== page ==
The gold shekel originally weighed 1/60 of a mina. The silver shekel, to have had an equal value, must have weighed 40/3 x 1/60 = 2/9 of a mina. As this would have been impracticable for use, it was decided to make a smaller piece, one more suitable for circulation. Two methods presented themselves: (1) either the silver equivalent of the gold shekel could be divided into ten parts in which case a silver shekel of 2/90 = 1/45 of a shekel of weight would result; or (2) the silver equivalent could be divided into fifteen parts, in which case a silver shekel would weigh 2/135 of a mina.

The Mina.

When the decimal system made its way into use, the gold mina as well as the silver mina was reckoned at 50 such shekels. Consequently there was (1) the Babylonian silver mina, equivalent to 50/45 = 10/9 of a mina of weight; (2) the Phenician silver mina, equivalent to 100/135 = 20/27 of a mina of weight.

In the earlier system of Babylonian silver values (which was used also in the Lydian and Persian kingdoms) the silver shekel was divided into thirds, sixths, and twelfths, whereas in the Phenician system it was divided into halves, fourths, eighths, etc.

The Phenician silver shekel is found among the Jews also. This is proved by the fact that they had the same method of division: the quartershekel appears in I Sam. ix. 8; the half-shekel is the Temple-tax in the Priestly Code. The shekels of the Maccabean period which have been preserved vary between 14.50 and 14.65 gr., which is exactly 2/135 of the large "common" (see Weights and Measures) Babylonian mina. The mina accordingly weighed 727.7 gr., and the talent 43,659 kg.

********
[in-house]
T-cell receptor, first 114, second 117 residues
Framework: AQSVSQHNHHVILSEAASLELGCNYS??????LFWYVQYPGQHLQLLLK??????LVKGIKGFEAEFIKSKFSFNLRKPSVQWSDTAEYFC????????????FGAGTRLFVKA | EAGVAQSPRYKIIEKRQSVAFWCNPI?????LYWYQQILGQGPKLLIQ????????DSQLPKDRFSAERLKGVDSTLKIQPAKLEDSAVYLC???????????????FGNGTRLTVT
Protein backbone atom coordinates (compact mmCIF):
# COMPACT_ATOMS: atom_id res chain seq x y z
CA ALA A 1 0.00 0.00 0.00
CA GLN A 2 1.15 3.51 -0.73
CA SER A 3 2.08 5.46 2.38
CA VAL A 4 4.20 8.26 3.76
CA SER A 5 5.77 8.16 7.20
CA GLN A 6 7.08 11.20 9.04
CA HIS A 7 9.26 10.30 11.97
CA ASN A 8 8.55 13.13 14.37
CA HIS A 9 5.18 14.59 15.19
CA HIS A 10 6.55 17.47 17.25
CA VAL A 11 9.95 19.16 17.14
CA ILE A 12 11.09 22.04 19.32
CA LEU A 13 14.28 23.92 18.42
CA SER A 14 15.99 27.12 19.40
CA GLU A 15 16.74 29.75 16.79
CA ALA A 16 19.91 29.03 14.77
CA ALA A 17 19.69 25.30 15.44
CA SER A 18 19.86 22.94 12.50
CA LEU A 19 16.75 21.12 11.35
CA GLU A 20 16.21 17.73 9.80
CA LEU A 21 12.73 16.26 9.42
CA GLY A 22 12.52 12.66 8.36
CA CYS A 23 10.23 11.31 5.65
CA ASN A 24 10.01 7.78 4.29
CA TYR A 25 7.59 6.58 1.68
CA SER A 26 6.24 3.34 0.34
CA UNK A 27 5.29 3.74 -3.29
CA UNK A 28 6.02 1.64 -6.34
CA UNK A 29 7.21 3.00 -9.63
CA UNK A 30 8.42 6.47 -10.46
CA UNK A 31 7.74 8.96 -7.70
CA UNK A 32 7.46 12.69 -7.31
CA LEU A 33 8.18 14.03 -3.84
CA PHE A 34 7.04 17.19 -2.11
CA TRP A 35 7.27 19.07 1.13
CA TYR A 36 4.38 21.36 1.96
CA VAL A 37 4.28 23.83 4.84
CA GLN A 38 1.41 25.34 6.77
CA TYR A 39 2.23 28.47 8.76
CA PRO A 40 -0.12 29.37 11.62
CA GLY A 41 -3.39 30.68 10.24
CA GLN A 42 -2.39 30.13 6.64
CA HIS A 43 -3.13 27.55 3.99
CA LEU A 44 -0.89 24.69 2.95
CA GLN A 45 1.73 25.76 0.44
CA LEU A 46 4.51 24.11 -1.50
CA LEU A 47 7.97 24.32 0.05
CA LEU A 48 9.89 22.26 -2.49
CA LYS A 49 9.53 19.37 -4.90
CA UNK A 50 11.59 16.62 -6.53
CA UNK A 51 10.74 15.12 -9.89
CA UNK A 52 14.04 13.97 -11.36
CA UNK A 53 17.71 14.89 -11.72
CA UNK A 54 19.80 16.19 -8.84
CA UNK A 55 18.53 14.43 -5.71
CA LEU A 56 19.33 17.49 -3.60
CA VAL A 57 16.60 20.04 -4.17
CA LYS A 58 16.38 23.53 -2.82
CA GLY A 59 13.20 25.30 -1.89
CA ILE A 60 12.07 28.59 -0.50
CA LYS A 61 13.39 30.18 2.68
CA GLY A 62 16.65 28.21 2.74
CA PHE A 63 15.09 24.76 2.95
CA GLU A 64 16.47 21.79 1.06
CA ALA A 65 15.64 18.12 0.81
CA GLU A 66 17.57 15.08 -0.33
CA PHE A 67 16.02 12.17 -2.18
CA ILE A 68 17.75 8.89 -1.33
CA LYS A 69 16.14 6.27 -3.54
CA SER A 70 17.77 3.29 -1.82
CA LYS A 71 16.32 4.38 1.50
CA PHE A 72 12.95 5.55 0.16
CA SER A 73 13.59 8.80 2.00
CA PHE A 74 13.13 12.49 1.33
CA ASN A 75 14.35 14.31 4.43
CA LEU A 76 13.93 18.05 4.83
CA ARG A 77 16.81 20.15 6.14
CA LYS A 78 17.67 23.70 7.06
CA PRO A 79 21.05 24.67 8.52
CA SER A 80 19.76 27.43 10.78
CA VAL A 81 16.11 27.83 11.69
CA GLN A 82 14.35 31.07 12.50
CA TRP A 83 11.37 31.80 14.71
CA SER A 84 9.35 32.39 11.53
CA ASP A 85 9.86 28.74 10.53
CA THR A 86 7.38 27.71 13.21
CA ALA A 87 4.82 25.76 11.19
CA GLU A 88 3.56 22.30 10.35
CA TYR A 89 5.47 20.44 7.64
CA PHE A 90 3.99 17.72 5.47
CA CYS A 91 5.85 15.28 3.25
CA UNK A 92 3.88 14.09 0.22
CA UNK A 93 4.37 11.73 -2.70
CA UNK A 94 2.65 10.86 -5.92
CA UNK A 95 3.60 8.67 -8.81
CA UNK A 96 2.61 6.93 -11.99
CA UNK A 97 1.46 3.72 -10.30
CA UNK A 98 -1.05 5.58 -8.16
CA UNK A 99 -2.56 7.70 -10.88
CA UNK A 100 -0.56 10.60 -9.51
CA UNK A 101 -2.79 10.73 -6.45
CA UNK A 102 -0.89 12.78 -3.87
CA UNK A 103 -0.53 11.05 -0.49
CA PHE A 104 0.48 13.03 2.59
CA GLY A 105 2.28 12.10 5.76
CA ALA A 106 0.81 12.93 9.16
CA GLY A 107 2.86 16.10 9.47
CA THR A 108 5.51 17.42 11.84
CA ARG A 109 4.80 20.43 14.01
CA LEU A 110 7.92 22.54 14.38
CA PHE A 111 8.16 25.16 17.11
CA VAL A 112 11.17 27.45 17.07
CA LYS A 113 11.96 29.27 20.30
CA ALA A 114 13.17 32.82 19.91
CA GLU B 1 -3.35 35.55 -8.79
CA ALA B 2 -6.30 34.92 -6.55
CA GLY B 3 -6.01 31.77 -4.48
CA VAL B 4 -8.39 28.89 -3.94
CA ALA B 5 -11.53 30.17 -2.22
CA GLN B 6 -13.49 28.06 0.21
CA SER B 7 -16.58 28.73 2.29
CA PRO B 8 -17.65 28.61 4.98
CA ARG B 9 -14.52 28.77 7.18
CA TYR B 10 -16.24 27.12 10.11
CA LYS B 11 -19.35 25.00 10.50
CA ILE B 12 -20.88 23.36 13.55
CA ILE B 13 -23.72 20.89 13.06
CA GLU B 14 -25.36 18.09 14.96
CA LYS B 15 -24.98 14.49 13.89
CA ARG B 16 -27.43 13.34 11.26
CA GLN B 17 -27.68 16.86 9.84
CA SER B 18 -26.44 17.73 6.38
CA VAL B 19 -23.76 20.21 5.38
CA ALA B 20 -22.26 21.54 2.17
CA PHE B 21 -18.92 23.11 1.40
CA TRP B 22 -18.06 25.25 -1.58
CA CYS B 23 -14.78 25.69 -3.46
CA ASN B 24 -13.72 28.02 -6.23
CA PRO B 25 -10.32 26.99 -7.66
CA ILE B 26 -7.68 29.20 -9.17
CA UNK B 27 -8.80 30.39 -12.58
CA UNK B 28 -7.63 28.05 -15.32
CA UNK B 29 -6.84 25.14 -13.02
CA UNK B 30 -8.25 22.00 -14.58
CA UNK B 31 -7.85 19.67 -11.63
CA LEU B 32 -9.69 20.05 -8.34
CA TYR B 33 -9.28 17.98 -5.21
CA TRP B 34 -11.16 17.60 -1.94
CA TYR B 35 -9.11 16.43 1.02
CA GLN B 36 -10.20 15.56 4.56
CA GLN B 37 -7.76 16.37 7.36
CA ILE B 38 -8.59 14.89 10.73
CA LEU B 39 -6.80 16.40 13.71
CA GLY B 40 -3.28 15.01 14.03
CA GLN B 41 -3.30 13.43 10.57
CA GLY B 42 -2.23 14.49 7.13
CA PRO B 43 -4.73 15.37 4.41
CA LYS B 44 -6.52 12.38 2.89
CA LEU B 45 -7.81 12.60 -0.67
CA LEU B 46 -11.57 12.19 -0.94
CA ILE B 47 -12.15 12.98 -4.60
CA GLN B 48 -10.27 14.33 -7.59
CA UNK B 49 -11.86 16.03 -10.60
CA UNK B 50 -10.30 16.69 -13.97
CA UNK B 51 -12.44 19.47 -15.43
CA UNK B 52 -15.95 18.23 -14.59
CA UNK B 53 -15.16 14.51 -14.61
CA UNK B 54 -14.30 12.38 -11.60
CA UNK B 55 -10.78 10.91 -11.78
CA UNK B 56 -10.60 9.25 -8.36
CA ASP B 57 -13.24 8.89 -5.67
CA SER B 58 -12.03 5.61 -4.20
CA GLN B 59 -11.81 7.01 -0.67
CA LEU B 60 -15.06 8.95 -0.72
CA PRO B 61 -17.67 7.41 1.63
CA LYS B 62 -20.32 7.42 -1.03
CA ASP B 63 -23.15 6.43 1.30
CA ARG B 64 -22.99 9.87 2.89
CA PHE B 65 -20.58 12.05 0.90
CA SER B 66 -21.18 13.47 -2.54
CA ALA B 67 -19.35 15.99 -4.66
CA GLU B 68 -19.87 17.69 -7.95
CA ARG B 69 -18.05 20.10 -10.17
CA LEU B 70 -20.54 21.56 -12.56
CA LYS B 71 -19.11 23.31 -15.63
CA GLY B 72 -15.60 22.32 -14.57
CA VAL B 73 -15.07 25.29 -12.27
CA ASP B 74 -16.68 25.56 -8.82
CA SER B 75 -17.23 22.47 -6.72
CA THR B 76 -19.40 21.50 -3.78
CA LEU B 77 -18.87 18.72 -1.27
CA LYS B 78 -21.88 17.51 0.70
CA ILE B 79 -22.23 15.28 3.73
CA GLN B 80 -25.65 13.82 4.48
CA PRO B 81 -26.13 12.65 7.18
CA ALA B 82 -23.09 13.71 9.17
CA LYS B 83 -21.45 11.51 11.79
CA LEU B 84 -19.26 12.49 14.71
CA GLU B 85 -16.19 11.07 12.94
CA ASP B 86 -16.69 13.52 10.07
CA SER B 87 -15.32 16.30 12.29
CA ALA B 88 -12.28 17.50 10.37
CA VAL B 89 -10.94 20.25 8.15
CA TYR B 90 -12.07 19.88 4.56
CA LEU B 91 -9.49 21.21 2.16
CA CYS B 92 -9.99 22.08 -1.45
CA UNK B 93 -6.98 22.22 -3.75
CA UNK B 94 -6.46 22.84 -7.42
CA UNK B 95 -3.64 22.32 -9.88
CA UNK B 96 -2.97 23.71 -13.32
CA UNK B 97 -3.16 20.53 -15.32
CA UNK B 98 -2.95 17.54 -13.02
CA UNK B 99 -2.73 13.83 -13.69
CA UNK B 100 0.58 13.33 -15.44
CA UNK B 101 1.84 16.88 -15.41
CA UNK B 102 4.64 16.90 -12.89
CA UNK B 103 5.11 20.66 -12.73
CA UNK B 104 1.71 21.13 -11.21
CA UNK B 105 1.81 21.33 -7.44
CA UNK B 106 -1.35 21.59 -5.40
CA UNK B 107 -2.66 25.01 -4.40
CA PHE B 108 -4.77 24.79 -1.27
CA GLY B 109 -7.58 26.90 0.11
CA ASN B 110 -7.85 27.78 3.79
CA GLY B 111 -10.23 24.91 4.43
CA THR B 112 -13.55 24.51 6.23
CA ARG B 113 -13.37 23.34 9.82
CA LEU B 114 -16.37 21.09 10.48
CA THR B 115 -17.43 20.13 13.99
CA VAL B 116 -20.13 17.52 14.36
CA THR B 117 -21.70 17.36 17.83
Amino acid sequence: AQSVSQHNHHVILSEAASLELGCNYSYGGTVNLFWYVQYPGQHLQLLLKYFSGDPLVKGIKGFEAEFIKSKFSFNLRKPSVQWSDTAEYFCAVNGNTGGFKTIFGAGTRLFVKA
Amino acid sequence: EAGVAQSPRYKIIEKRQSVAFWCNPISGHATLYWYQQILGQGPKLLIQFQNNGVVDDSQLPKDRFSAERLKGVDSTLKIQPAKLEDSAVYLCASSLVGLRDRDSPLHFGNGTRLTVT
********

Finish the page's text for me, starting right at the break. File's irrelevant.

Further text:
The Siglos.

In the Persian period the Babylonian shekel, equivalent to one-tenth of the mina of weight, came into use, since Nehemiah (x. 33 [A. V. 32]) assessed the Temple-tax at one-third of a shekel. This Persian system of coinage had the small mina as a basis. The unit was the siglos, which corresponded to one-half of a Babylonian shekel. The relation between it and the Jewish one was 3 to 8. It was considered as the one-hundredth part of a mina and not the fiftieth. It amounted to 5.61-5.73 gr.; the mina, to 561-573 gr.; and the talent to 33,660-34,380 kg. In the Maccabean period the Phenician silver shekel was again in use. Consequently the Temple-tax was again a half-shekel (Matt. xvii. 24, 27).

  • II. Coined money did not come into use among the Jews until the time of the Persians. In the Old Testament, Persian darics (A. V. "drams") are mentioned in Ezra viii. 27 and I Chron. xxix. 7 as "adarkon," and in Ezra ii. 69 and Neh. vii. 70-72 as "darkemon. They weighed 8.40 gr., thus corresponding almost exactly to one-sixtieth of the Babylonian light mina. The corresponding silver coin was one-twentieth of the daric; which, perhaps, was meant by the term "shekel" in Neh. v. 15, x. 33. See Numismatics.